assigned servicer, he had been assessed several charges which
he believes he was not required to pay.
August 27, 2015, DiTech (operating as Green Tree in its
capacity as the servicer of the Mortgage) became aware that
Strehle had overdue property taxes, and that the local
assessor had turned over the unpaid taxes to the Oakland
County Treasurer for collection. (Doc. #22-6). After
disbursing a total of $1, 253.36 to the Oakland County
Treasurer to cover this expense, DiTech proceeded to notify
Strehle that pursuant to the terms of the Mortgage agreement,
it would be establishing an escrow account to ensure
reimbursement for this amount. (Doc. #22-5). DiTech later
notified Strehle that his new Mortgage payment was being
increased so as to account for the escrow payments which
Strehle had to make. (Doc. #22-7).
Strehle believes that he did not have to make the higher
Mortgage payment. Though the monthly payment due to DiTech
had risen from roughly $700.00 to $777.26, Strehle only paid
the amount he believed he owed under the Mortgage, sending
checks for $699.10 in November 2015 and for $700.10 in
December 2015. (Docs. #1, #22-7). These insufficient payments
ultimately left Strehle's account past due in the amount
of $1, 017.94. (Doc. #22-5 at ¶ 22). In turn, this
triggered an important provision in the Mortgage contract.
(Doc. #22-2 at ¶ 2). Under the Mortgage, DiTech has the
right, when the Mortgage is overdue, to accept any payment or
partial payment insufficient to bring the loan current, and
to hold those funds in an unapplied funds account until the
loan is made current. (Id.). When DiTech did just
that, Strehle faulted all of the defendants for their
interconnected roles in allegedly creating this dispute.
Specifically, Strehle believes that CMI's refusal to
accept his payments was improper, and that because any unpaid
expenses were attributable to CMI's inaction, the steps
that DiTech subsequently took against him were unjustified.
what appears to be Strehle's confusion over the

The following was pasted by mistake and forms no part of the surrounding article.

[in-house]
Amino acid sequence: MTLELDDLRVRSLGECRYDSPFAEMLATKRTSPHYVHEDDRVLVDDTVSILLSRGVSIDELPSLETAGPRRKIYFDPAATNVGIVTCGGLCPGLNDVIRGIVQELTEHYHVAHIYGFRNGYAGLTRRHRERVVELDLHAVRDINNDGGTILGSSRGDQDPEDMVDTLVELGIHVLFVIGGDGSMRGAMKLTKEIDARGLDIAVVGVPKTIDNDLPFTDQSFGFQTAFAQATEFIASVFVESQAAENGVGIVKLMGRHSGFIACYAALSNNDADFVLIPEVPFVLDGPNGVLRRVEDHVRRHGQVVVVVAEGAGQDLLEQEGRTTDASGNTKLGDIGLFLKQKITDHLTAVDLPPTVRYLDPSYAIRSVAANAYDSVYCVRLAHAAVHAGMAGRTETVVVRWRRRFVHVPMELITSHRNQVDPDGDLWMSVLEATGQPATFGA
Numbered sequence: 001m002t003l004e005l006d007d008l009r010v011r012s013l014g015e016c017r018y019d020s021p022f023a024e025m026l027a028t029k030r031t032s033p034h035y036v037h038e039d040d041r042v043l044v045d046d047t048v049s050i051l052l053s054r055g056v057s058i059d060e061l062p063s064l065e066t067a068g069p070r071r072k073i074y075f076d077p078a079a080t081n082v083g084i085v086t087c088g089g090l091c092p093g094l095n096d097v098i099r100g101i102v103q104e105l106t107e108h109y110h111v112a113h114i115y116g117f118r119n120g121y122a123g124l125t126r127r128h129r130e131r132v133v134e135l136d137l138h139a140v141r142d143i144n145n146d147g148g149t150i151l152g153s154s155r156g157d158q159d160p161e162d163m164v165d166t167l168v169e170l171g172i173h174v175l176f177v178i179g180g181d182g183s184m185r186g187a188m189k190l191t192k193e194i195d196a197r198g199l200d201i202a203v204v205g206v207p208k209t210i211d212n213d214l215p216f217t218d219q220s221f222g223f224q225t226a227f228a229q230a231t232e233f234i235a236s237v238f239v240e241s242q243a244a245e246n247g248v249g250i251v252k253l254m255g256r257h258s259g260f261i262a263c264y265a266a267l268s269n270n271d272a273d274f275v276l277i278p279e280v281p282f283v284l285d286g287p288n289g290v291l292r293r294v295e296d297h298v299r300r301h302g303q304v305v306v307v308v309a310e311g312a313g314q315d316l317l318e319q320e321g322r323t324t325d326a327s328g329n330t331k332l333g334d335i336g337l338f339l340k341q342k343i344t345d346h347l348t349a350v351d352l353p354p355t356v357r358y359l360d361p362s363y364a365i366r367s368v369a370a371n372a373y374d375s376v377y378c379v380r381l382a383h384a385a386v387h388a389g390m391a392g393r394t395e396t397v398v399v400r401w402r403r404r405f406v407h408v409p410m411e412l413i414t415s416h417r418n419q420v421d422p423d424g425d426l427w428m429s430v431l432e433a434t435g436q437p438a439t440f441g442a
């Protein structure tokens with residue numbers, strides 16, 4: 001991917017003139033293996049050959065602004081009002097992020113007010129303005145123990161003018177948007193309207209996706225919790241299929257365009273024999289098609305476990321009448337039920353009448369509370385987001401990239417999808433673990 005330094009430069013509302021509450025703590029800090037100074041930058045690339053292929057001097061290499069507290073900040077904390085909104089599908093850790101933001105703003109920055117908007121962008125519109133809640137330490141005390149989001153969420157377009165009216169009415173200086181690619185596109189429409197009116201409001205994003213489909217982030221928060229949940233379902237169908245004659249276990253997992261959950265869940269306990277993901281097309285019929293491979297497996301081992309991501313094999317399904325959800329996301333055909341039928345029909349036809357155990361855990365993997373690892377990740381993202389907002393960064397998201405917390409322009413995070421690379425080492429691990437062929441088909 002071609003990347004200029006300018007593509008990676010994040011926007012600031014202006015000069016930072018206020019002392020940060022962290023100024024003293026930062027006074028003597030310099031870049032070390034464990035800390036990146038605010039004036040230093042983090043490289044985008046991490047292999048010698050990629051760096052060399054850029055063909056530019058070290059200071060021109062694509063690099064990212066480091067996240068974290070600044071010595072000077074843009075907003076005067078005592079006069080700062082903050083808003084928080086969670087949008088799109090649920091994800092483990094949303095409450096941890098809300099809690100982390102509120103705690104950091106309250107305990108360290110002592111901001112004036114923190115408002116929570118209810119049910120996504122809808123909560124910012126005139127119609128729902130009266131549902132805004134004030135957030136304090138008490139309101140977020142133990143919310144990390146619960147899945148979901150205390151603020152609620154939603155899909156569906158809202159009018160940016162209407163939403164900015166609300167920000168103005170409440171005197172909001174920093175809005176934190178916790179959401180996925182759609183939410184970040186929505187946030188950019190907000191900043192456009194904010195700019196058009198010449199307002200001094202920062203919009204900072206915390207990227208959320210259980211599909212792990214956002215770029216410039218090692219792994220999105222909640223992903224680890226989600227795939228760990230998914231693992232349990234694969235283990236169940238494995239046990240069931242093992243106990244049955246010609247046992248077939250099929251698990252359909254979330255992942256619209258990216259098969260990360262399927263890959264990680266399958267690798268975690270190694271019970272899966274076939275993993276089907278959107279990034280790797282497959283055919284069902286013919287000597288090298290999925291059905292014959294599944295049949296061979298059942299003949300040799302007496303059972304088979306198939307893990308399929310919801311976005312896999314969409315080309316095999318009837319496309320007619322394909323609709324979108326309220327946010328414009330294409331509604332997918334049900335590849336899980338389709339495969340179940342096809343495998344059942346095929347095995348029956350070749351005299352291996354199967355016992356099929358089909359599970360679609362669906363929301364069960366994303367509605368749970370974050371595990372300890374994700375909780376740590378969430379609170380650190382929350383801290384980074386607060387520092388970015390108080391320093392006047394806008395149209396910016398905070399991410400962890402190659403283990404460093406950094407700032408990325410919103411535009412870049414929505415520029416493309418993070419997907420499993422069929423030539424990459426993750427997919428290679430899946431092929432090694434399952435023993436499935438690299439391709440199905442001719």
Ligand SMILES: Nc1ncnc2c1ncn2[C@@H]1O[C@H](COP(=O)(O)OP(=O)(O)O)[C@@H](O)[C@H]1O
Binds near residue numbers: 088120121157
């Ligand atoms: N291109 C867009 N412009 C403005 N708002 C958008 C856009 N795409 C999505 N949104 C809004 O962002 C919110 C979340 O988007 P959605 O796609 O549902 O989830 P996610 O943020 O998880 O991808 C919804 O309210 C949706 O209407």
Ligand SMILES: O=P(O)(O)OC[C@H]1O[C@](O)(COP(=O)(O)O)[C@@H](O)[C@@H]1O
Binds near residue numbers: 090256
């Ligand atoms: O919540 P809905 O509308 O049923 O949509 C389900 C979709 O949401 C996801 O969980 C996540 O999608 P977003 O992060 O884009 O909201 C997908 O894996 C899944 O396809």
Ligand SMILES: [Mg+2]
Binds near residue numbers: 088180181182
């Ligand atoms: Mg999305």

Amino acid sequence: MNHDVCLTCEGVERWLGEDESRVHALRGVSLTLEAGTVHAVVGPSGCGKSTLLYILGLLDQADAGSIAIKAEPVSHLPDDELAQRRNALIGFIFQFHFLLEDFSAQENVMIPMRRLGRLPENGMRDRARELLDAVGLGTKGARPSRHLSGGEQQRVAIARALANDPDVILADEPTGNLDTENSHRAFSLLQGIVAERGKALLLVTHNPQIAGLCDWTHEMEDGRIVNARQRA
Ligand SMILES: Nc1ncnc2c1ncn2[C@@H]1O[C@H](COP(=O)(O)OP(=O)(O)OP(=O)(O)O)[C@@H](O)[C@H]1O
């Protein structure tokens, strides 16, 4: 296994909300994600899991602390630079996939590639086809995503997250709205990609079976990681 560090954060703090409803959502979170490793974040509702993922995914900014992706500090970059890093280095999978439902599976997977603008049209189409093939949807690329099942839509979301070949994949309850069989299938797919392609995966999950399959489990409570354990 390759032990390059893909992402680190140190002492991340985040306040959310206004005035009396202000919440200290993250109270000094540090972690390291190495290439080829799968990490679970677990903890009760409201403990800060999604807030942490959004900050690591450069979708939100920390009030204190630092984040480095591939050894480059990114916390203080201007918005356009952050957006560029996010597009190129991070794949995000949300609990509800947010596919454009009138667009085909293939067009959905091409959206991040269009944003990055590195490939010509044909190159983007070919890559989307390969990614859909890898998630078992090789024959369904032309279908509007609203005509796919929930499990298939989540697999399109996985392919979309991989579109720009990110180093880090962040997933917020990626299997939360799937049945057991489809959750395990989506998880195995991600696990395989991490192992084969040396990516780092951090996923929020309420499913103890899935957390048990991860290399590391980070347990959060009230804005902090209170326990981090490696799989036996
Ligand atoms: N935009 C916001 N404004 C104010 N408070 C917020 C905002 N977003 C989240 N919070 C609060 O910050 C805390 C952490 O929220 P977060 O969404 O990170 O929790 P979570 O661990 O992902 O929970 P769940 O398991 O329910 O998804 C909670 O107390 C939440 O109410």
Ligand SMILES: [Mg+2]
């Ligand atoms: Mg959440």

difference between a claim and remedy, he asserts six counts
in his complaint: Count I) a declaratory judgment that CMI
and DiTech cannot withhold applying mortgage payments to the
Mortgage's principal and interest, create an escrow
account, keep an escrow amount after declaring it terminated,
or refuse to collect payments that Strehle made to a previous
servicer; Count II) a claim for breach of the Mortgage
contract against CMI, DiTech, and MERS; Count III) a
claim for negligence against CMI, DiTech, and MERS; Count IV)
an accounting by Green Tree only; Count V) a claim against
DiTech only for violation of the Fair Credit Reporting Act
(“FCRA”), in particular 15 U.S.C. §§
1681n, 1681o, 1681p, and 1681s-2(a); and Count VI)
“respondeat superior/vicarious liability” against
MERS only. (Doc. #1). As noted above, CMI and DiTech filed
motions for summary judgment, and MERS filed a motion for
judgment on the pleadings. (Docs. #18, #21, #22). Each
requested that all of the counts brought against them be
motion, CMI asserts: 1) Count I must be dismissed because
declaratory relief is not a valid cause of action; 2) summary
judgment should be granted as to Count II because the breach
of contract claim against CMI stems from a period of time
when CMI was no longer affiliated with Strehle's
Mortgage, meaning CMI could not and did not commit a breach;
and 3) summary judgment should be granted as to the
negligence claim in Count III because CMI did not owe a duty
of care outside of the obligations it previously owed under
the contract. (Doc. #18).
own summary judgment motion, DiTech makes the same argument
as CMI regarding Count I, and asserts that summary judgment
should also be granted as to the remaining counts as: 1)
DiTech did not breach its contract with Strehle as alleged in
Count II given all of its actions were in accord with the
contract's express terms, and in any event, Strehle was
the first party to breach the contract which bars his claim;
2) Strehle's negligence claim against DiTech alleged in
Count III is barred because their relationship was governed
exclusively by a contract; and 3) Strehle's FCRA claim in
Count V relies on a provision which does not confer a private
right of action. (Doc. #22).
MERS argues in its motion for judgment on the pleadings that
because respondeat superior and vicarious liability are not
independent causes of action, Count VI for “respondeat
superior/vicarious liability” must be dismissed. (Doc.
Summary Judgment Standard Pursuant to Fed.R.Civ.P. 56
judgment is proper if the moving party shows that there is no
genuine dispute as to any material fact and the movant is
entitled to judgment as a matter of law. Fed.R.Civ.P. 56(a).
A dispute is “genuine” if a reasonable jury could
return a verdict in favor of the nonmoving party, and a fact
is “material” if it has the potential to affect
the outcome of the suit. Anderson v. Liberty Lobby,
Inc., 477 U.S. 242, 248 (1986). Viewing the evidence in
a light most favorable to the nonmoving party, the
court's task is to determine “whether the evidence
presents a sufficient disagreement to require submission to a
jury or whether it is so one-sided that one party must
prevail as a matter of law.” Id. at 251-52.
party seeking summary judgment bears the initial burden of
informing the court of the basis for its motion, and must